So what’s going on? Is it just a case of technology telling us faster and in more detail of variations in the weather, or is the weather generally becoming more unstable? And if so, why? Now we arent weather specialists nor environmental scientists, but we can’t help but conclude that humanity’s impact on planet earth is making things worse. If we continue to cut down forests, concrete over huge swathes of land, dig/drill/blast our way down into the earth, pollute the land/seas/atmosphere, then this has to be having some impact.

Yes, we know, we're flying there too...

Yes, we know, we’re flying there too…

The absolute failure of western dominated ‘agreements’ to reduce emissions and ‘green ourselves’ is evident to all. But what impact does this have on the less-developed countries, and what are the responses from the peoples there? We’e started to read around the matter a little in a south American context, which takes time (and isnt helped by our lack of other language fluency), but we have come across a few interesting pieces.

Perhaps most intriguing so far has been this blog/pamphlet: Space for movement? Reflections from Bolivia on climate justice, social movements and the state (Building Bridges collective, 2010). Which reflected on the ‘World People’s Conference on Climate Change and the Rights of Mother Earth – CMPCCC’. Well worth a read online, and also has a good brief summary of recent Bolivian history.

We’re intrigued to see what local responses we might come across as we travel around, and indeed what the weather is gonna be like?

Ah Grasshopper!

Knowing our love of insects, a friend sent us this photo of a grasshopper swarm in Guayaquil (Ecuador) last Friday.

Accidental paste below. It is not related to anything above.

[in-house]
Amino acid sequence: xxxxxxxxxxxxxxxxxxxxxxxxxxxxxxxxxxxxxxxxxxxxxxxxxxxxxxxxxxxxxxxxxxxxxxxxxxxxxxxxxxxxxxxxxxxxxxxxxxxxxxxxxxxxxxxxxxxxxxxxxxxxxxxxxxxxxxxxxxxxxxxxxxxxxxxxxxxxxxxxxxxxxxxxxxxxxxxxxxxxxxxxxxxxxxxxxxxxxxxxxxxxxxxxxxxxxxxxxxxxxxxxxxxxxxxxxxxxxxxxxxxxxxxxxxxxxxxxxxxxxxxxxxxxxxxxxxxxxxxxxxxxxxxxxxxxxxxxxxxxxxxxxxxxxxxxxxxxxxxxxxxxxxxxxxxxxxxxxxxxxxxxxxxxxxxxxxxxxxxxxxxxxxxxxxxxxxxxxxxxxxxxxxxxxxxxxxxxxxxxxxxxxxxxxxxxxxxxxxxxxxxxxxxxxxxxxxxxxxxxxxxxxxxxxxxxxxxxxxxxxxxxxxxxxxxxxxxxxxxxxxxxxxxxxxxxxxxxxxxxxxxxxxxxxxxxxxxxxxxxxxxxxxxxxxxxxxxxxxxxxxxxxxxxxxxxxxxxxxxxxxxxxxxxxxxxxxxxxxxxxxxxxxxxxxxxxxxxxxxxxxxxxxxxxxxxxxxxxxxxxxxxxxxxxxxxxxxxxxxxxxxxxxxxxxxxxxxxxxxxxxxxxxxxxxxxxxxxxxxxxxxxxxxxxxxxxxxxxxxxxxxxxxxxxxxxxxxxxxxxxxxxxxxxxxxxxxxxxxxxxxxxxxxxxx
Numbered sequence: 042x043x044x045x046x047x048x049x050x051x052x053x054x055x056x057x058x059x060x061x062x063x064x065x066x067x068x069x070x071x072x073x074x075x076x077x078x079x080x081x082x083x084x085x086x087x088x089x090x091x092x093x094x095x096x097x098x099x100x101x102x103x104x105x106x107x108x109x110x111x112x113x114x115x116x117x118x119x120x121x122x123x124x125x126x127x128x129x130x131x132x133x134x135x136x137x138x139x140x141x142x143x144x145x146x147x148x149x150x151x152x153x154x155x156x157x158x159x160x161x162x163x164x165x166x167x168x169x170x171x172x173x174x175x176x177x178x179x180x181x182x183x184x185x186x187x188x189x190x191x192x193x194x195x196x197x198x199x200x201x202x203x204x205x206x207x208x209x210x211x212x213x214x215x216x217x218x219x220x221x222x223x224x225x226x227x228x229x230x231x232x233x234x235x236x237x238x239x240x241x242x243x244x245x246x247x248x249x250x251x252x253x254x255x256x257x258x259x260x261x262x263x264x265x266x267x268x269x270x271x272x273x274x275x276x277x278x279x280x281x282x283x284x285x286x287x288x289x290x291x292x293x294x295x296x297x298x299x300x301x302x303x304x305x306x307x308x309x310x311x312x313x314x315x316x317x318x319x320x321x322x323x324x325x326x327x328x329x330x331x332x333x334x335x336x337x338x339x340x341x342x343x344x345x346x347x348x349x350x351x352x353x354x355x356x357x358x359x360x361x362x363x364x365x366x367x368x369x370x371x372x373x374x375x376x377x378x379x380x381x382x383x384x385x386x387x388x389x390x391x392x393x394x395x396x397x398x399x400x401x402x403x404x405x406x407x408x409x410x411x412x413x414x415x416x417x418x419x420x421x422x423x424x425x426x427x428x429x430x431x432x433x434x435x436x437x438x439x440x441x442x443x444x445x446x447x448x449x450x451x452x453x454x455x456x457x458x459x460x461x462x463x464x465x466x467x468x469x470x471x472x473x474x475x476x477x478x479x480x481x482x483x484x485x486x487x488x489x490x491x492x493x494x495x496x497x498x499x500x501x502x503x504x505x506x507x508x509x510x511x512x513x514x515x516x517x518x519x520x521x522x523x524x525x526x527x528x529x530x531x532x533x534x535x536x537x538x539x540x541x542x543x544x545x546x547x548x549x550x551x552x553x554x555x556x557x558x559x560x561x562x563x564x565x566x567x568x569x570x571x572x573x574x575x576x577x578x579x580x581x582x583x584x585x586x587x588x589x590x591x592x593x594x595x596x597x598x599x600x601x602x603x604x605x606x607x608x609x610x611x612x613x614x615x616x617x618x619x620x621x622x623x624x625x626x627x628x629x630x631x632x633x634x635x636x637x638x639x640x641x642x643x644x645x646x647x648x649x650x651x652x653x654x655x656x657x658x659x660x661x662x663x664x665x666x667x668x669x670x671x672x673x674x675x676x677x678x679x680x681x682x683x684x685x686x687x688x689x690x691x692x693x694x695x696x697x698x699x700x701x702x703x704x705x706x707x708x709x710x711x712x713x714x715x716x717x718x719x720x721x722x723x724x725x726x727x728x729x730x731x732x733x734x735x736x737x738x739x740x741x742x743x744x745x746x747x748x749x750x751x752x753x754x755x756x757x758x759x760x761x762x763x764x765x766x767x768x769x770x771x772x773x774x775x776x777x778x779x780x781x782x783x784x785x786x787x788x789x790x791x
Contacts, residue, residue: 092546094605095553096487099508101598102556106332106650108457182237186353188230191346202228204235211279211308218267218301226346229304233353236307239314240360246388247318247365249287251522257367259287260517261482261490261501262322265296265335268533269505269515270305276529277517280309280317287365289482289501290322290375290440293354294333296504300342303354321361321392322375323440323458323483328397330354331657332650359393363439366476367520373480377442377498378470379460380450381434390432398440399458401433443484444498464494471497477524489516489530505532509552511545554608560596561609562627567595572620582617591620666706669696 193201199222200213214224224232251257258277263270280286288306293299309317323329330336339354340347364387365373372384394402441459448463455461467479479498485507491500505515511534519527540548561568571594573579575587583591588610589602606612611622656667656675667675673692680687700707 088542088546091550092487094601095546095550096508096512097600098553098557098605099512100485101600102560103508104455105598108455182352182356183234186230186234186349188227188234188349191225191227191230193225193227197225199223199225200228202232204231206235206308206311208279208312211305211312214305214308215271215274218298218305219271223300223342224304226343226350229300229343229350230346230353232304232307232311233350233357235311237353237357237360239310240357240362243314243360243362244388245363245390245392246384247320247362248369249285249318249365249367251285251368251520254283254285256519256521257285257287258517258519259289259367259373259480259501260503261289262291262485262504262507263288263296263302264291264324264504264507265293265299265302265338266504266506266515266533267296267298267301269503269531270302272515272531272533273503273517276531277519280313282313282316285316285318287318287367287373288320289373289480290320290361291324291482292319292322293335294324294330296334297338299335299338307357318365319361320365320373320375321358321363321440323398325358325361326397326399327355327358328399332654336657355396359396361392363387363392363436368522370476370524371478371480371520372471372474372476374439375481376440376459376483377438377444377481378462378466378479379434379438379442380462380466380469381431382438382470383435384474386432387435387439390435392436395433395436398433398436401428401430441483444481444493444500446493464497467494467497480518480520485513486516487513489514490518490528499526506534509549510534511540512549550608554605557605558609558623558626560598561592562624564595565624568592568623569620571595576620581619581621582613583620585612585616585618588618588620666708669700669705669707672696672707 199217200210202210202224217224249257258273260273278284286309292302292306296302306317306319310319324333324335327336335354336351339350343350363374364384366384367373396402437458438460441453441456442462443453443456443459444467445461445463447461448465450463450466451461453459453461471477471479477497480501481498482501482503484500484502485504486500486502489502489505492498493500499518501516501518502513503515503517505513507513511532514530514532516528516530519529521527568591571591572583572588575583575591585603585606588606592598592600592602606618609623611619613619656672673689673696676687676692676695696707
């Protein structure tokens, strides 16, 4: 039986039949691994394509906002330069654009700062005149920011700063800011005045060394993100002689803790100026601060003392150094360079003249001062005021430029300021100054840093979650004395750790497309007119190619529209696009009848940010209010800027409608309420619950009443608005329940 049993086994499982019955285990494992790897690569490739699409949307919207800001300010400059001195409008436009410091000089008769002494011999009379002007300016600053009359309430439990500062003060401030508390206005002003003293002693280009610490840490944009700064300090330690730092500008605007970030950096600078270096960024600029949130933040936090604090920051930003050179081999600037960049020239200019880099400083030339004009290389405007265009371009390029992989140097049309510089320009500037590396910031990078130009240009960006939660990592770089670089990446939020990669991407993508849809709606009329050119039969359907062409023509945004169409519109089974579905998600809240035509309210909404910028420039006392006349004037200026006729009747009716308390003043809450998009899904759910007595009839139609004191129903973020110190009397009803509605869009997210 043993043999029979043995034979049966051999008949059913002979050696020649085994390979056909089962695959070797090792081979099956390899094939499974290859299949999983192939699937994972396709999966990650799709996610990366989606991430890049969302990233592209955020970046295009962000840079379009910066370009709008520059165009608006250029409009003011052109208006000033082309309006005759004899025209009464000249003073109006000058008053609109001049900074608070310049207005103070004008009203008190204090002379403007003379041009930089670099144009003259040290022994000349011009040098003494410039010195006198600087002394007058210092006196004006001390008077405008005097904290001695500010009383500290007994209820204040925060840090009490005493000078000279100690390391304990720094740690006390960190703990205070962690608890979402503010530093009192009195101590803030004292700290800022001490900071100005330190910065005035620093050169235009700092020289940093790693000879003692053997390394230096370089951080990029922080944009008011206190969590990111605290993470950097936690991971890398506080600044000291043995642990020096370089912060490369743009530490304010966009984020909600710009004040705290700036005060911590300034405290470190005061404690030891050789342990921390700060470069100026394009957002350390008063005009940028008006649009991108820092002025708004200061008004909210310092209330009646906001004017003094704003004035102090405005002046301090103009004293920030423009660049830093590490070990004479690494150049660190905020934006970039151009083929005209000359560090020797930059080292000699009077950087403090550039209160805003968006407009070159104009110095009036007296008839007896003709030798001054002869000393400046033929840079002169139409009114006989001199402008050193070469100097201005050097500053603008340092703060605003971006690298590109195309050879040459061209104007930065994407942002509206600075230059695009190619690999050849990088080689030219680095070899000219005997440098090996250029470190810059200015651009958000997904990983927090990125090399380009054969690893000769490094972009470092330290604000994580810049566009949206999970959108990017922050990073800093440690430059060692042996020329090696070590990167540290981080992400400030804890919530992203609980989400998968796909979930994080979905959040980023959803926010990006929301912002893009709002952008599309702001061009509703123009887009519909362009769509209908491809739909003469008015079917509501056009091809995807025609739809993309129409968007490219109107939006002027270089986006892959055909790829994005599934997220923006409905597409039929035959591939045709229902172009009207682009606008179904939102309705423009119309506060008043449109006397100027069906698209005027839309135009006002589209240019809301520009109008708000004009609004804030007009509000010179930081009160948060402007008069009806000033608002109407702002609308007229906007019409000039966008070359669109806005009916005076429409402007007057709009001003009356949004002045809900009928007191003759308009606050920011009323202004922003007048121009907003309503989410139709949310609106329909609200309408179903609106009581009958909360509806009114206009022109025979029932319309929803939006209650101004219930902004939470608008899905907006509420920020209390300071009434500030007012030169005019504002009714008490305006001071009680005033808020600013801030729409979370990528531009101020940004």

Apparently it’s not uncommon to find grasshoppers on sale as food in south American street markets. As vegetarians we are aware we may have to adopt our diet in the coming months, but when it comes to walking around we think we’ll be adopting a ‘mouths shut’ policy!
Guaya_ghoppers

Feliz Ano Nuevo! Hola 2014!

January 1st…just over three weeks from today and we’ll be landing at one of the world’s highest & most dramatic airports – Quito in Ecuador.

our first hostel awaits...

our first hostel awaits…

So to celebrate we logged on yesterday, and booked in to our first hostel, where we’ll be staying for a good week in Quito. We’ll be taking our time in Quito – to get used to the high altitude, the cultural differences, a change in diet, tune into ‘el lenguaje’, and of course explore the history of this fascinating old city. Then we’ll be off to the south west coast in Guayas to briefly catch up with a family member. Thereafter we’ll be going south.

We are pretty close to being ready to go. We’ve got sorted the flights, insurance, vaccinations & malaria tablets & anti-mosquito creams (and mosquito net), money, rucksacks & day bags, waterproof footwear & clothes, thermals & shorts, guides & maps & dictionary, camera & tech, and a few other useful bits & pieces. So before we go there should even be time to redecorate the bathroom, rebuild the conservatory, and have a serious last drink with friends.

Tom Dunnill RIP

Tom Dunnill RIP

Sadly the end of 2013 has been marred for us by the tragic death of Tom Dunnill, a mighty fine friend and comrade. Tom died soon after his 61st birthday, having endured a short and nasty illness. Tom was seen off by some 150 friends & comrades, who joined his grieving family at the West London crematorium. Flags were flown and fine words spoken about Tom’s life and ideals. The after-party was one Tom would have been proud of! Tom will be sorely missed, and will remain in our thoughts during our trip. Hasta la victoria companero, siempre!